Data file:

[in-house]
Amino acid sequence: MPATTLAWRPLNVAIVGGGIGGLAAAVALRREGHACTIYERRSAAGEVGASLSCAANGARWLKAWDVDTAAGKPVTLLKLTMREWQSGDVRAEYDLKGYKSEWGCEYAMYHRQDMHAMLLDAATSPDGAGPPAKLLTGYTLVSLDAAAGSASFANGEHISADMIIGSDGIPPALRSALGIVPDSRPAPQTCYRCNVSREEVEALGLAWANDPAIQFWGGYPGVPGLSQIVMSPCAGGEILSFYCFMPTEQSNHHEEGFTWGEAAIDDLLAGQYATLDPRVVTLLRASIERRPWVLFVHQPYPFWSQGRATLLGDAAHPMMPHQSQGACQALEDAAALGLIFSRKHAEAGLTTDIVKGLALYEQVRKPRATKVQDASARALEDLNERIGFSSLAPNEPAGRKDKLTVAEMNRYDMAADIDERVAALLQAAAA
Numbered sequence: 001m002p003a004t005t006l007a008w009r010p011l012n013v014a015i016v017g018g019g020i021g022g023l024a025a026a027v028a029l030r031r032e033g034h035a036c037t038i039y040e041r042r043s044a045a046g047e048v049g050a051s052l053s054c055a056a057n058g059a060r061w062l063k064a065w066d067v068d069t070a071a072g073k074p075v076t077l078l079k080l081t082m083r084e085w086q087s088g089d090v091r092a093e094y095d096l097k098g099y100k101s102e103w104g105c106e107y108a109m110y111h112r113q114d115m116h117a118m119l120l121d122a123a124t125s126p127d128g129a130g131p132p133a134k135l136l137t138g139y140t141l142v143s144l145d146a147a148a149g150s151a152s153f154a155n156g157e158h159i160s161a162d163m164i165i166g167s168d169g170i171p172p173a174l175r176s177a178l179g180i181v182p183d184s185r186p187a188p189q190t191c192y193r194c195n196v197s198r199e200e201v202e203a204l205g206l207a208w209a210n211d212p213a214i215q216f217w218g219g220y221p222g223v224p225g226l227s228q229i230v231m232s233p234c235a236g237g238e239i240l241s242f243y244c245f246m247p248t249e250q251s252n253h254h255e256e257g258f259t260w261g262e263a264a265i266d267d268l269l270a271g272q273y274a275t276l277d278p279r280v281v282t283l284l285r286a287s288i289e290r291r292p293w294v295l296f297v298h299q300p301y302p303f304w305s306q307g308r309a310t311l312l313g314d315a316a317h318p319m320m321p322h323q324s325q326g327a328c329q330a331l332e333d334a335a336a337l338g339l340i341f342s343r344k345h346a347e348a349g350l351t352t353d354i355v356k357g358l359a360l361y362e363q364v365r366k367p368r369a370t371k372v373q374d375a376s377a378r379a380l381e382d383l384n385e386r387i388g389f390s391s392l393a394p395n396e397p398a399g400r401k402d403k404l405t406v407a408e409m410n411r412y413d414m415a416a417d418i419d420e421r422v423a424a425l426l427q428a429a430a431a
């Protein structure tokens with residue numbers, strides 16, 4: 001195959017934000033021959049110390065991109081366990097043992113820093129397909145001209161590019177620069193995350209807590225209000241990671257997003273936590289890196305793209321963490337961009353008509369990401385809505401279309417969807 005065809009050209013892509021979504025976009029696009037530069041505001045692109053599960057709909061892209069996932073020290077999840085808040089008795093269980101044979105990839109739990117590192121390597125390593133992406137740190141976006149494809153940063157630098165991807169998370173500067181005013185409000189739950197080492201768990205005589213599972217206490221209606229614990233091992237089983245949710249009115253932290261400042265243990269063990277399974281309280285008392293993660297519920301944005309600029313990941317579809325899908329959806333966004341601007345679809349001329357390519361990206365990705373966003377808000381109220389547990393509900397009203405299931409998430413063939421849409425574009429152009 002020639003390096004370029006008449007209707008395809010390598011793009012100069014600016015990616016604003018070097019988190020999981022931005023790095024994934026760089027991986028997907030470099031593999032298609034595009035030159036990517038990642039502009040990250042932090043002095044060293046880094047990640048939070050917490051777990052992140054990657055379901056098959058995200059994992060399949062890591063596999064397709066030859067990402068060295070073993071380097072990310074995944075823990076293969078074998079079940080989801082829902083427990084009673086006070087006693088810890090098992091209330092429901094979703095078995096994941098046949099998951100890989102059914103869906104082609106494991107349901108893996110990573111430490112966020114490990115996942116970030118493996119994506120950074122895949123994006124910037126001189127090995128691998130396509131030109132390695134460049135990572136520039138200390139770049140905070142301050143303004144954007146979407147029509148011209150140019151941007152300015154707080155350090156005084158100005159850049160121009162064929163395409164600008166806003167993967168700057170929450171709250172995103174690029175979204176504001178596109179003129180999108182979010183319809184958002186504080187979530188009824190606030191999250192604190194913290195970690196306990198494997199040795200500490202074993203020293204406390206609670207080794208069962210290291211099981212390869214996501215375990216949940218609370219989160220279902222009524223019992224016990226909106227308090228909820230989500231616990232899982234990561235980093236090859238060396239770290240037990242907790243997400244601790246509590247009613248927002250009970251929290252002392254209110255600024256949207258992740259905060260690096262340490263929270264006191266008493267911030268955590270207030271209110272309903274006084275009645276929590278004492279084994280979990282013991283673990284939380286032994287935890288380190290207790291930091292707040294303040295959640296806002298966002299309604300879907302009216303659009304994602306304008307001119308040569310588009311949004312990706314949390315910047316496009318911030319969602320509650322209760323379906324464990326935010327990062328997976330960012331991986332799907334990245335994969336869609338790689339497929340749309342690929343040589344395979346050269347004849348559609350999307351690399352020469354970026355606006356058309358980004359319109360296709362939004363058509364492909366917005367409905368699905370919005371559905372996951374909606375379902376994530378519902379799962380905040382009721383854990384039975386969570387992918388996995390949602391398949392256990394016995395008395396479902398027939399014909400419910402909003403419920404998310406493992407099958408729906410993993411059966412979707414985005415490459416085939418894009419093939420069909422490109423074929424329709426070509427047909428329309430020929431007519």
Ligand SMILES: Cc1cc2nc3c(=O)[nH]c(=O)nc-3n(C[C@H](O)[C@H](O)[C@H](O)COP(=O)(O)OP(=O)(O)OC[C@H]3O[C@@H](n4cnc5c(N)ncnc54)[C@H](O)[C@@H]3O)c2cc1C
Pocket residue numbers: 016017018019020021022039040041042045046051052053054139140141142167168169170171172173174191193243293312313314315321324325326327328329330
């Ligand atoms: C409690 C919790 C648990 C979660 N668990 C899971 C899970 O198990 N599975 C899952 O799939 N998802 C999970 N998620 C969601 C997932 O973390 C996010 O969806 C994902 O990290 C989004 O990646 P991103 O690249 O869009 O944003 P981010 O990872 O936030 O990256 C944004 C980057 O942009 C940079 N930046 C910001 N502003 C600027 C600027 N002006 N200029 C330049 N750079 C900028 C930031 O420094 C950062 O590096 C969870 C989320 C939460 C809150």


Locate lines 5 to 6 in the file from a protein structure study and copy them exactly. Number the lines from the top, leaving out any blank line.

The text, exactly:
Ligand SMILES: Cc1cc2nc3c(=O)[nH]c(=O)nc-3n(C[C@H](O)[C@H](O)[C@H](O)COP(=O)(O)OP(=O)(O)OC[C@H]3O[C@@H](n4cnc5c(N)ncnc54)[C@H](O)[C@@H]3O)c2cc1C
Pocket residue numbers: 016017018019020021022039040041042045046051052053054139140141142167168169170171172173174191193243293312313314315321324325326327328329330